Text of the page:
Law School Case Brief
Cobbs v. Grant - 8 Cal. 3d 229, 104 Cal. Rptr. 505, 502 P.2d 1 (1972)
Patients are generally persons unlearned in the medical sciences and therefore, except in rare cases, courts may safely assume the knowledge of patient and physician are not in parity. A person of adult years and in sound mind has the right, in the exercise of control over his own body, to determine whether or not to submit to lawful medical treatment. The patient's consent to treatment, to be effective, must be an informed consent. The patient, being unlearned in medical sciences, has an abject dependence upon and trust in his physician for the information upon which he relies during the decisional process, thus raising an obligation in the physician that transcends arms-length transactions.
Respondent patient filed a medical malpractice lawsuit against appellant doctor seeking recovery for damages as a result of surgery performed by appellant. The trial court instructed the jury that the appellant was negligent either in deciding to operate or during the operating procedure, and that in failing to sufficiently disclose as to the risks involved in the procedure, there was no informed consent. A general verdict was entered against appellant, and appellant sought review.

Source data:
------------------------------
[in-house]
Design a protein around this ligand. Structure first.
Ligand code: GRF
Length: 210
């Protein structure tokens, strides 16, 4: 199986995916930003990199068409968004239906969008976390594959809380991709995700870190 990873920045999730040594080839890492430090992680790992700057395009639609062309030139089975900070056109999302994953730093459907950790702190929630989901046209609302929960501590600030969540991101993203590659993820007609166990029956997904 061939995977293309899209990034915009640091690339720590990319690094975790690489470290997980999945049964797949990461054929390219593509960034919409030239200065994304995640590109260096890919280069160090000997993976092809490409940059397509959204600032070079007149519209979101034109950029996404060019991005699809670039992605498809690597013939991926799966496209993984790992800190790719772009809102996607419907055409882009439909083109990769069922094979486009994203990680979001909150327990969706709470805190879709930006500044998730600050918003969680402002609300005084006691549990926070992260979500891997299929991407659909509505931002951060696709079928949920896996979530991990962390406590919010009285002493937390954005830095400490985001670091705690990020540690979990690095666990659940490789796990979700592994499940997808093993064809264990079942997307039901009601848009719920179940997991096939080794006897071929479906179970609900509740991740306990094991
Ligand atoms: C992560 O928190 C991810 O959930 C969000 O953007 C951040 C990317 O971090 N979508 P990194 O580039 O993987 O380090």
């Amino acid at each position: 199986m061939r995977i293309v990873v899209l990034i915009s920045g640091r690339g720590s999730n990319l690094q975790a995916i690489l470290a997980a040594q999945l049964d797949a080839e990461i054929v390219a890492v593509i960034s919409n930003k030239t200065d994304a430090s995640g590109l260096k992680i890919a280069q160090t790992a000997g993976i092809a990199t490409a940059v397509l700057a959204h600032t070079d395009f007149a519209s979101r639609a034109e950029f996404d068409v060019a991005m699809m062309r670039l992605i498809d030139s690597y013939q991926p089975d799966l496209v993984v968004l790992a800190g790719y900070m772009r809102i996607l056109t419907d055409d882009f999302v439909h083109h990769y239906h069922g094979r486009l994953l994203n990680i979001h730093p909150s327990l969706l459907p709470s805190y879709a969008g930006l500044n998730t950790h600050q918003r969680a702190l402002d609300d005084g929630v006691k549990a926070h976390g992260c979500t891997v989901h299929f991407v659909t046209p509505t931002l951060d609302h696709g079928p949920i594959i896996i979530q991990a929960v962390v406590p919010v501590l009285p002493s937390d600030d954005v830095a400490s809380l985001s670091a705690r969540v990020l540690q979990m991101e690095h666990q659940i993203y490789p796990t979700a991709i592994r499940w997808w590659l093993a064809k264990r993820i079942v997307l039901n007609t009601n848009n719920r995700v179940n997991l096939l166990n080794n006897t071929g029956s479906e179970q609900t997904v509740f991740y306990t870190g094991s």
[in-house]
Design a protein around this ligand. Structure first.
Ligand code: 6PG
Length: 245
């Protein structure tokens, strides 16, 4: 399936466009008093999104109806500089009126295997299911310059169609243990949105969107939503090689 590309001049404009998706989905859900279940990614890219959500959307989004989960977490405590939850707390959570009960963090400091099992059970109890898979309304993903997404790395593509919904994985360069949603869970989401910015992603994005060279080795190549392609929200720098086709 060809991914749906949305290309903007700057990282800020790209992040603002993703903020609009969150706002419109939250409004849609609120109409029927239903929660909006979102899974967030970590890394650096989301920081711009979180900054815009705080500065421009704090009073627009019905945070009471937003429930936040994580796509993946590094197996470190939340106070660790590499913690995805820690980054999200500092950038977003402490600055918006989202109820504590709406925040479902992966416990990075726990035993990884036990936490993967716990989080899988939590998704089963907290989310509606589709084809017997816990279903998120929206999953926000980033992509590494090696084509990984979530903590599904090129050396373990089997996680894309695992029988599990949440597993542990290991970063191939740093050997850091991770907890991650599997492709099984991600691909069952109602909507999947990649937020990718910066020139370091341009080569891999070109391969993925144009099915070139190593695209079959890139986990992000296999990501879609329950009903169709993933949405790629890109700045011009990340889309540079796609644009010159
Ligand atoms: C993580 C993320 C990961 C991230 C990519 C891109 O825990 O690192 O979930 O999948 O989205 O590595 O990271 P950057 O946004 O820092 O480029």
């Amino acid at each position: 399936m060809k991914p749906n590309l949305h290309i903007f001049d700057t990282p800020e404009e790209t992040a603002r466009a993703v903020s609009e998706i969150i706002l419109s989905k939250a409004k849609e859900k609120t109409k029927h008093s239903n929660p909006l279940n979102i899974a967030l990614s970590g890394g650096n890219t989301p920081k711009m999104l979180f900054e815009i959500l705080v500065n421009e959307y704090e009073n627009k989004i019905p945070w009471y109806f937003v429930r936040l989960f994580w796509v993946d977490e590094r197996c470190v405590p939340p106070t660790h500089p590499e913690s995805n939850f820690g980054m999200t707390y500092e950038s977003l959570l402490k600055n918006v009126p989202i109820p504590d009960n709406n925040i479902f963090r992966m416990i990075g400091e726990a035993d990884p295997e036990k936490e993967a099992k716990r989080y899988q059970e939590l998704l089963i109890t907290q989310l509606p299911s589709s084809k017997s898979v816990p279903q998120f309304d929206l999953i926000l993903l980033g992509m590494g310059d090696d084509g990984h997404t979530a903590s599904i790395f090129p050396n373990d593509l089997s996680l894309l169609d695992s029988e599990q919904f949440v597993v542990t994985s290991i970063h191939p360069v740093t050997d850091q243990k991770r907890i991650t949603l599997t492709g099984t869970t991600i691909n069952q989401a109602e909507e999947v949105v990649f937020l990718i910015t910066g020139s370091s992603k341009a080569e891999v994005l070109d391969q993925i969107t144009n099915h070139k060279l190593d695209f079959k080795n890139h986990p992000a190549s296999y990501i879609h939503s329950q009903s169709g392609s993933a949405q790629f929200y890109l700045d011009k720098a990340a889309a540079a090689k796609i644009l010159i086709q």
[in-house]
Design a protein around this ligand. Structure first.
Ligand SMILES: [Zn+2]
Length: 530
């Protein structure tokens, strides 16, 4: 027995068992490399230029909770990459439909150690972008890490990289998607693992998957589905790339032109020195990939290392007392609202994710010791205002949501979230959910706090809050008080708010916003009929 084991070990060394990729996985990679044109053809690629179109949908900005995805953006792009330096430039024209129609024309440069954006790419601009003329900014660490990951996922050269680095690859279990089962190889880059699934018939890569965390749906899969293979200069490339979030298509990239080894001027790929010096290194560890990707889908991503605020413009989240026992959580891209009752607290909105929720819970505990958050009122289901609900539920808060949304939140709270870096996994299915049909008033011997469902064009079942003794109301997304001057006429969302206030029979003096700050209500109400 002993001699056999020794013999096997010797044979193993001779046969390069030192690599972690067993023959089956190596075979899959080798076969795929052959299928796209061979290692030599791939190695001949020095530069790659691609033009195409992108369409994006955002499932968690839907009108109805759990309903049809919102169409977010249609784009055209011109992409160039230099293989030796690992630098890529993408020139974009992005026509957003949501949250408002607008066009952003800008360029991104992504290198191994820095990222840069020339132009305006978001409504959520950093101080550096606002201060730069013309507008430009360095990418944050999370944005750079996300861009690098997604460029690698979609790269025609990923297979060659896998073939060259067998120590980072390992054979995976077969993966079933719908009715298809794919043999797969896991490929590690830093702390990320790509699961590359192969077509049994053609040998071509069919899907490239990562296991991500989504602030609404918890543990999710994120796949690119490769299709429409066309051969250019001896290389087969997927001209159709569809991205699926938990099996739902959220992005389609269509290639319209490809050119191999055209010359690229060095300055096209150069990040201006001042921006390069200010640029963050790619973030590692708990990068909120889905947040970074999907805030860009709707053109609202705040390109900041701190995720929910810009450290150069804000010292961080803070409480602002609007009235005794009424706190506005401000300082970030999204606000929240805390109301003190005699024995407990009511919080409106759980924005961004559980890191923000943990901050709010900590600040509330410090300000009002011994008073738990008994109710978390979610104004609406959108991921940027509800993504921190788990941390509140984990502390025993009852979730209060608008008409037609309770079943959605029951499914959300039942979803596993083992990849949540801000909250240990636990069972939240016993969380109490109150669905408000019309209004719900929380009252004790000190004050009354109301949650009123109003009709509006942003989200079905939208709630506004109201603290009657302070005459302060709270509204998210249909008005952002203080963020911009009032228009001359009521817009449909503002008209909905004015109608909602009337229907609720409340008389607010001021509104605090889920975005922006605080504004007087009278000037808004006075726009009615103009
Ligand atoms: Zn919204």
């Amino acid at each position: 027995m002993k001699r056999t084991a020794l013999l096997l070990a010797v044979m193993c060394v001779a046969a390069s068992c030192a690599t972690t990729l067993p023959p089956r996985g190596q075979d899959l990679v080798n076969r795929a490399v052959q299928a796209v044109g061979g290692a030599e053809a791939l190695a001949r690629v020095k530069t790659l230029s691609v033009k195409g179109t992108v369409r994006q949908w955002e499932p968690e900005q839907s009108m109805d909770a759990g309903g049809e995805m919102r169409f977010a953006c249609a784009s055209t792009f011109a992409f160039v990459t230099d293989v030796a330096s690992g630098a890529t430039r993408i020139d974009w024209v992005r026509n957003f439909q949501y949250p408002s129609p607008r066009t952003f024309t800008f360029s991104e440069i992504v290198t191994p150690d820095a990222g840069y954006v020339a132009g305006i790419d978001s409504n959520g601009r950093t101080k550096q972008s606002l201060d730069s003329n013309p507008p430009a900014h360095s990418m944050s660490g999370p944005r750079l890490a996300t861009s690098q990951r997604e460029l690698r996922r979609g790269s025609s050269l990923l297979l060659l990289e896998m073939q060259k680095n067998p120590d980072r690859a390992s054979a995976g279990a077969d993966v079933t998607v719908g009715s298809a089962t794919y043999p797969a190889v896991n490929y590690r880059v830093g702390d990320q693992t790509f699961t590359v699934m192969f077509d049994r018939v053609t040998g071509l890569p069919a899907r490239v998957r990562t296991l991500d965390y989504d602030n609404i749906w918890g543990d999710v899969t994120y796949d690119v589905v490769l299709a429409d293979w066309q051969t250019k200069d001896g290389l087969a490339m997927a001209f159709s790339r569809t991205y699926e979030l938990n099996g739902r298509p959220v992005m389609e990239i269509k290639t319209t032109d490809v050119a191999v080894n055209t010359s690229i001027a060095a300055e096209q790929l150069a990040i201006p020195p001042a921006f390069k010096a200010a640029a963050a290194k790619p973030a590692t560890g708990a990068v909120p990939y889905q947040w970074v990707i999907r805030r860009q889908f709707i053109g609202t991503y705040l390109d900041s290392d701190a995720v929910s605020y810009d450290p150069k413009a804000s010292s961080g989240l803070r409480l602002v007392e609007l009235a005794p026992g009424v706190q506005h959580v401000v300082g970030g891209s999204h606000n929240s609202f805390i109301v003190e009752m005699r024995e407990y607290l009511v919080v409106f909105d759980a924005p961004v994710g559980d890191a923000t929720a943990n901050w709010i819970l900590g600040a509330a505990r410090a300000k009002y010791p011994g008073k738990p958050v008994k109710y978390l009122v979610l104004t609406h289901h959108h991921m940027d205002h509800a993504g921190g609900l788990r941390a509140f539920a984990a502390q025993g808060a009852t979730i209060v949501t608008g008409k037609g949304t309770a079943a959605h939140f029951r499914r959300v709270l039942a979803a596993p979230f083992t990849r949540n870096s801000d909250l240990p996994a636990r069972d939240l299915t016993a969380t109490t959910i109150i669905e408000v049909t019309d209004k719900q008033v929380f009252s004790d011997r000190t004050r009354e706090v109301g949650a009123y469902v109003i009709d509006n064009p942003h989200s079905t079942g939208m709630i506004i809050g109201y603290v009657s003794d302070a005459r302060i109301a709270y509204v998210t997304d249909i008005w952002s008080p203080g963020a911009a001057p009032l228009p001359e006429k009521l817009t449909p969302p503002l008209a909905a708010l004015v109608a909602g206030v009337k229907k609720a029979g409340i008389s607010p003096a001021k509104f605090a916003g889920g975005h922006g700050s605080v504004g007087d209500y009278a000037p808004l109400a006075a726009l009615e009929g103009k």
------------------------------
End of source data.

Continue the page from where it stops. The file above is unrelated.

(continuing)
Did the instructions to the jury adequately set forth the nature of a medical doctor's duty to obtain the informed consent of a patient before undertaking treatment?
The court found that there was not substantial evidence to support a jury verdict on the issue of appellant's liability on the theory that he was negligent either when he decided to operate or in performing the surgery. Further, the court found that it was not clear whether the jury found liability on appellant's decision to perform the operation or whether it found him liable under the alternative theory of failure to obtain informed consent for surgery. The court reversed the judgment, remanded the case for a new trial with instructions that the case constituted an action in negligence, and held that as an integral part of a doctor's overall obligation to the patient there was a duty of reasonable disclosure of the available choices with respect to proposed therapy and of the dangers inherently and potentially involved in each.
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